Black mullein – info, planting, care and tips

Black mullein (Verbascum nigrum)
Black mullein (Verbascum nigrum)

The black mullein brings a lot of color into your garden. This is how you plant and care for this striking perennial.

Profile of black mullein:

Scientific name: Verbascum nigrum

Plant family: figwort family (Scrophulariaceae)

Other names: dark mullein

Sowing time: spring

Planting time: spring or autumn

Flowering period: June to August

Harvest time: June to Ocotber

Location: sunny

Soil quality: stony to sandy, calcipholous, low in nutrients, low in humus

These information are for temperate climate!

Use as a medicinal herb: hoarseness, cough

Use in: flowerbeds, planters, overgrowing, borders, apothecary garden, flower garden, natural garden, potted garden

Winter hardiness: hardy, USDA Plant Hardiness Zones: 5 (-26 °C / -15 °F)

Bee and insect friendly: Yes

Plant characteristics and classification of black mullein

Plant order, origin and occurrence of black mullein

The black mullein (Verbascum nigrum) is a wild shrub that originates from Northern and Central Europe. The biennial to perennial plant belongs to the genus of mullein within the figwort family (Scrophulariaceae).

Characteristics of black mullein


The black mullein is a rather short-lived perennial that grows up to 120 centimeters (48 in) high and 100 centimeters (40 in) wide. It forms spreading leaf rosettes.


The leaves of the dark mullein are long-stemmed and act independently as a rosette. The 40 centimeters (16 in) long, egg-shaped base leaves appear gray-wooly hairy underneath, but not on top.


In the first year, the often protruding leaf rosette develops into an inflorescence in the second year, after a cold stimulus in winter. During the flowering period from June to August, mostly unbranched, up to 50 centimeters long, spike-like racemes develop with yellow, 2.5 centimeter wide cupped flowers. They have a dark violet center and enclose violet stamens – hence the name “dark mullein”. Although the individual flowers do not last long on the plant, they bloom quickly one after the other. The light yellow flowers attract numerous insects, like bees and bumblebees.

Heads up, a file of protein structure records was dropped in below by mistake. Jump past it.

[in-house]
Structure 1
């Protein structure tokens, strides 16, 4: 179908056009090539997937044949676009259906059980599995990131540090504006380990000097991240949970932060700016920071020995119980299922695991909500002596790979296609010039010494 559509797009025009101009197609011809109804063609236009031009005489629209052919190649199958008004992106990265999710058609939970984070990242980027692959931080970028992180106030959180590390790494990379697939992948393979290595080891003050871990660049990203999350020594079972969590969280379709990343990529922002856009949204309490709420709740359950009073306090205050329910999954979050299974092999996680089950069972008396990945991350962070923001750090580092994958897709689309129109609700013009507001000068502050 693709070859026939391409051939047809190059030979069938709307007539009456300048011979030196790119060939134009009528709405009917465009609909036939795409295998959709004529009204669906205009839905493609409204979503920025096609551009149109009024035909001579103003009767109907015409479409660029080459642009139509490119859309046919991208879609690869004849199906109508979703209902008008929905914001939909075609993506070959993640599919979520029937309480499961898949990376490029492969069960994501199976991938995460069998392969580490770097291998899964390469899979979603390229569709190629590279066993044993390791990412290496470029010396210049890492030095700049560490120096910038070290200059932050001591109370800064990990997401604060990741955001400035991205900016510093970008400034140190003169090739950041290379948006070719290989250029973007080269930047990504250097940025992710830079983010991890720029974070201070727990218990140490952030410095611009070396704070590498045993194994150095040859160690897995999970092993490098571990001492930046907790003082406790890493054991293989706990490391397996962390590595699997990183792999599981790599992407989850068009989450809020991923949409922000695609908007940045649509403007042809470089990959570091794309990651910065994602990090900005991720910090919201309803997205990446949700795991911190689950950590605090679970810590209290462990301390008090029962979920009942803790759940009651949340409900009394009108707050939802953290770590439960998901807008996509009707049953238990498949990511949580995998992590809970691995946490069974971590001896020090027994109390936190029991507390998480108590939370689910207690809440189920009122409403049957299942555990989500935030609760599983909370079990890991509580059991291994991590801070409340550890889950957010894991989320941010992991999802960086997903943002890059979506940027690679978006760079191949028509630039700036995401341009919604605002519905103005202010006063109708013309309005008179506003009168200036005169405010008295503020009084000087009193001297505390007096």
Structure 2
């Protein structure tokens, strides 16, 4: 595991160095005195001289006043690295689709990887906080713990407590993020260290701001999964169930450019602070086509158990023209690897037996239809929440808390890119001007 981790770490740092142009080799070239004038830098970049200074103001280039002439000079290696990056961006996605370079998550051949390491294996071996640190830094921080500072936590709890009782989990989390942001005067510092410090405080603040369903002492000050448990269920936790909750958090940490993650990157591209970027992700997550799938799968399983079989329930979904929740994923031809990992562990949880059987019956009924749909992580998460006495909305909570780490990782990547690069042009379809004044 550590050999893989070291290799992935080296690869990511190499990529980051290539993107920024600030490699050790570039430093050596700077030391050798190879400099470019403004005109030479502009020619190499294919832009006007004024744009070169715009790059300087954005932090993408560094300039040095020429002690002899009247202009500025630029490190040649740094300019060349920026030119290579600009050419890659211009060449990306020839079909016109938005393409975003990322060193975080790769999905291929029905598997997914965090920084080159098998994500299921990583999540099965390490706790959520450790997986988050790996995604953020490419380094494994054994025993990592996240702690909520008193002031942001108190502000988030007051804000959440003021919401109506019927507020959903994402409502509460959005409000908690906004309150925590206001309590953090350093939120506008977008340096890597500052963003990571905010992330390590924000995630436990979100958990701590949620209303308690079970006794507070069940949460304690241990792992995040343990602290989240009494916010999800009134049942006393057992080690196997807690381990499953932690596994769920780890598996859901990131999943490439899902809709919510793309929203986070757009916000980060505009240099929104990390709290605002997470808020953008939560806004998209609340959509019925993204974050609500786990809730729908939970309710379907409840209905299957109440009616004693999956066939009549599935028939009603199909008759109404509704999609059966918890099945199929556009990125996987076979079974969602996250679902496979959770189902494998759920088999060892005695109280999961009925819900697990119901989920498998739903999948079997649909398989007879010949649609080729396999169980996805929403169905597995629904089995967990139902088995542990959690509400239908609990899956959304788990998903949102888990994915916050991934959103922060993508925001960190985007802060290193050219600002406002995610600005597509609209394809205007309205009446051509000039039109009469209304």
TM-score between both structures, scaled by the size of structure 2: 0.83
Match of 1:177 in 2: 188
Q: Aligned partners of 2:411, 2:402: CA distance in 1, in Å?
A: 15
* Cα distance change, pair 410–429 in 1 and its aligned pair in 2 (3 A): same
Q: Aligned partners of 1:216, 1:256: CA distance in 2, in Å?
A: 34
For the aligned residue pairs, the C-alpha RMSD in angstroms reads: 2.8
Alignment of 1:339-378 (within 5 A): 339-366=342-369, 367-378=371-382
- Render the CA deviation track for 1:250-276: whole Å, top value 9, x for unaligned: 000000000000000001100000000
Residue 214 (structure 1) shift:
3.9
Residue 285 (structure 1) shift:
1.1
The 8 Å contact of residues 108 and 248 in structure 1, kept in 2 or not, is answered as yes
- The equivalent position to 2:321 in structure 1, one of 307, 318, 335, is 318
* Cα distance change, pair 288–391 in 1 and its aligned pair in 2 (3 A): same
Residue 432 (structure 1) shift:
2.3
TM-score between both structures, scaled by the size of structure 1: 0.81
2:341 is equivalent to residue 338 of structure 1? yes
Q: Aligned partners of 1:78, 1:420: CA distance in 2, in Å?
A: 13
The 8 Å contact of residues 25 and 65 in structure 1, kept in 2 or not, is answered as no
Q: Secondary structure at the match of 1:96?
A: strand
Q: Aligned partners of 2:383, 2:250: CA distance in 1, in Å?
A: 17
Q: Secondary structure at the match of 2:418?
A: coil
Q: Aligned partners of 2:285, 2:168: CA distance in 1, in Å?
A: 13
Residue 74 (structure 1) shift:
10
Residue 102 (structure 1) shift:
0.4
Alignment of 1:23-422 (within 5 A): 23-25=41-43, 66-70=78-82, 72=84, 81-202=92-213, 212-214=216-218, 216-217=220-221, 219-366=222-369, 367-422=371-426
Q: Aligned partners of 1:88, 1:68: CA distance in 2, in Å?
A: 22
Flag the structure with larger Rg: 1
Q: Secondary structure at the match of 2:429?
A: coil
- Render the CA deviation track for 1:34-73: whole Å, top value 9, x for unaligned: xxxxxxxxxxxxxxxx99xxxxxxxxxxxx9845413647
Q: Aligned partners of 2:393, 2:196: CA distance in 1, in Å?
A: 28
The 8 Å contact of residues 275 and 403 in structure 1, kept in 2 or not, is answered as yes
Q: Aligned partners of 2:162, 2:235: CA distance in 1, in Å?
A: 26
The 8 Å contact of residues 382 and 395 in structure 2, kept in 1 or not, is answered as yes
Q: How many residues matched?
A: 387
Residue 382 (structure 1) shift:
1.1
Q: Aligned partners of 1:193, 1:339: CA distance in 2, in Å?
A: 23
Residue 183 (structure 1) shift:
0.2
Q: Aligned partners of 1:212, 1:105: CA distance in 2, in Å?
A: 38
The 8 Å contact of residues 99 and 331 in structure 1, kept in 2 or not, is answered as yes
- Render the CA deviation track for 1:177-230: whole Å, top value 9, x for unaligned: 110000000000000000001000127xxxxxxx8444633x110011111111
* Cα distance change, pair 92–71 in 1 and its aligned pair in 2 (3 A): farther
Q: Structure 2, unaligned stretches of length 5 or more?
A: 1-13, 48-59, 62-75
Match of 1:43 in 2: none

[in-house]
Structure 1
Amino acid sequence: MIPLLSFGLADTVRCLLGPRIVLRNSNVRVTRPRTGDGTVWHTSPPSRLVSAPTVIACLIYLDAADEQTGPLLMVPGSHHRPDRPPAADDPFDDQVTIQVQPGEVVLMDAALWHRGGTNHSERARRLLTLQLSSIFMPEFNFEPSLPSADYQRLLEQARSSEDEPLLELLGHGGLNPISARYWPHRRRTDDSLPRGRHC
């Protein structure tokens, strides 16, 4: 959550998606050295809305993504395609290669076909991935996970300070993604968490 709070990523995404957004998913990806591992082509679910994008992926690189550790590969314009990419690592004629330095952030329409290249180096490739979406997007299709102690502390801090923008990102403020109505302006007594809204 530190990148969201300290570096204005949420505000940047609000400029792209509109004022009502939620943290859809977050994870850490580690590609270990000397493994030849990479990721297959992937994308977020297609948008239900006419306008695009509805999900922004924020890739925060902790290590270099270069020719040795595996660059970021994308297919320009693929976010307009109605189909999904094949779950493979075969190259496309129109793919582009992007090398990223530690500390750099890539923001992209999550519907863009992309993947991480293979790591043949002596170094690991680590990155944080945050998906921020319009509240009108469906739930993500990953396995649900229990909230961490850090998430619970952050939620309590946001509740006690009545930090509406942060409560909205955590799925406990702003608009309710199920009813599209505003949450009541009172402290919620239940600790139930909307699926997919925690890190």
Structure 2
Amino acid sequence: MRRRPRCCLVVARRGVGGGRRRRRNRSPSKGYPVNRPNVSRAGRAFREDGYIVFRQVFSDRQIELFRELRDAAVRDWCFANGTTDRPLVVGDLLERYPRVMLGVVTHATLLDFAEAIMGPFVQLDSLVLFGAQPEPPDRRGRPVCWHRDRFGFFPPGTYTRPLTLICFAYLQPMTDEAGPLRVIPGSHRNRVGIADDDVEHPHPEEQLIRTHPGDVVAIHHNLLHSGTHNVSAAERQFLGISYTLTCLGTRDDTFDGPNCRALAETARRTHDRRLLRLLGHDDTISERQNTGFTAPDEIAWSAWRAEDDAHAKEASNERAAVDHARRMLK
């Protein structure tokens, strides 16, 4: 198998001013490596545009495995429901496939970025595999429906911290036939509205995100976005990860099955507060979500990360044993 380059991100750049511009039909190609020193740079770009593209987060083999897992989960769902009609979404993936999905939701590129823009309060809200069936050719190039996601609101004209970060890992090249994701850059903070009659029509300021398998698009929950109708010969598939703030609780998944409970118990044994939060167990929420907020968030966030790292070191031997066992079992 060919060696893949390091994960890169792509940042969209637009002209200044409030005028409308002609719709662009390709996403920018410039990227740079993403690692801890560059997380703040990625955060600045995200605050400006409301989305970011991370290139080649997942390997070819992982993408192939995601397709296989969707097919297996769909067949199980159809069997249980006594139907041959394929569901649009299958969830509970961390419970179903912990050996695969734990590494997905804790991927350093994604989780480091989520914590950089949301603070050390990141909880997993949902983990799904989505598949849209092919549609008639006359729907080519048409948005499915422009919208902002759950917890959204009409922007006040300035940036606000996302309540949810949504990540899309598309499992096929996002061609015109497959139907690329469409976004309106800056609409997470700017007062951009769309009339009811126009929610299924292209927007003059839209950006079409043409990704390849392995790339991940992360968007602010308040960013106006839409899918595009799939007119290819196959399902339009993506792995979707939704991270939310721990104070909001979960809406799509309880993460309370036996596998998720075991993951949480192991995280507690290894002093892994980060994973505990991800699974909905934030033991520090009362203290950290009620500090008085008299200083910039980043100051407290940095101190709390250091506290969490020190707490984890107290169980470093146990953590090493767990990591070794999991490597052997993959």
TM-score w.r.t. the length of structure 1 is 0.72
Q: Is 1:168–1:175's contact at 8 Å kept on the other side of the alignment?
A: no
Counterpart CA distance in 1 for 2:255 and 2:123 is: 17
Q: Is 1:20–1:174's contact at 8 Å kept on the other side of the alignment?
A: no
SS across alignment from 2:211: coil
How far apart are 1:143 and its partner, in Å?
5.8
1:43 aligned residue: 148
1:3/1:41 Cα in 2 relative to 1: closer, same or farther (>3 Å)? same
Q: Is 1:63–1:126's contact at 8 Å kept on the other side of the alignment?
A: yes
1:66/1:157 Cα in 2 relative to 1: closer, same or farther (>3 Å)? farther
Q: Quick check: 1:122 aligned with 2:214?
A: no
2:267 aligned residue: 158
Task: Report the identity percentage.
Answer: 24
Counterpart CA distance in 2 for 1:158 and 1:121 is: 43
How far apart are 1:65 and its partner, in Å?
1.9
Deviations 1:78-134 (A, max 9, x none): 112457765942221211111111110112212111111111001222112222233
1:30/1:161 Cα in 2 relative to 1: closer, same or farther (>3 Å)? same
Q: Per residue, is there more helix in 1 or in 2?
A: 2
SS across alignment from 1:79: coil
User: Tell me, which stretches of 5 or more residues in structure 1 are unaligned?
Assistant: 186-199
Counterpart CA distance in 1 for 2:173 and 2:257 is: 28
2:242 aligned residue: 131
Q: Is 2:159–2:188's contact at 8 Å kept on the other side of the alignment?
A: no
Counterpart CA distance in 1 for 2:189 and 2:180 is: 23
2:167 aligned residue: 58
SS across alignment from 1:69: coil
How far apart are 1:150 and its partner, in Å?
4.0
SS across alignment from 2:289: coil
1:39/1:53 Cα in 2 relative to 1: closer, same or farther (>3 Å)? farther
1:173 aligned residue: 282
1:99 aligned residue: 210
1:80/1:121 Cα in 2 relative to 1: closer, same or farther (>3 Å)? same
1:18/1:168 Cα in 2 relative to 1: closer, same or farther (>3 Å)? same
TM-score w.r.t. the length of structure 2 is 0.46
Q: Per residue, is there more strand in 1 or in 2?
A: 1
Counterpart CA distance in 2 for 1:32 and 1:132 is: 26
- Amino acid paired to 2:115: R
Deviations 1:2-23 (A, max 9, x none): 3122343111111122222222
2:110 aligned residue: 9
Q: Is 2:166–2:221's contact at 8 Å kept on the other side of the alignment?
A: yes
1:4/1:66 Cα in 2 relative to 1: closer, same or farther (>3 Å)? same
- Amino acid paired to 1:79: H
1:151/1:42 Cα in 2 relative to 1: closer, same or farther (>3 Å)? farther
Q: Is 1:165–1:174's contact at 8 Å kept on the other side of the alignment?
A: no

After flowering, brown loculicidal capsules ripen.

Black mullein – cultivation and care


The black mullein naturally thrives in forest clearings, along paths and dams, especially on debris. In your garden you should choose a sunny location.


The optimum soil for Verbascum nigrum is dry and calcareous. The black mullein prefers stony to sandy, permeable substrates.


Plant four plants per square meter (10 sq ft) at a distance of about 50 centimeters (20 in). Best tim for planting is spring, but can also be done in autumn

Care / Watering / Fertilization / Pruning

The black mullein is very easy to care for. Water the plant rarely, but thoroughly. This stimulates the plant roots to penetrate even into deeper soil layers and thus survive dry periods better. Since the dark mullein is frost hardy, it does not need winter protection. Cut back wilted inflorescences of the black mullein, this stimulates a new flowering in the following year. There is no need for fertilizing.


You can divide black mullein in spring before budding or in autumn after flowering.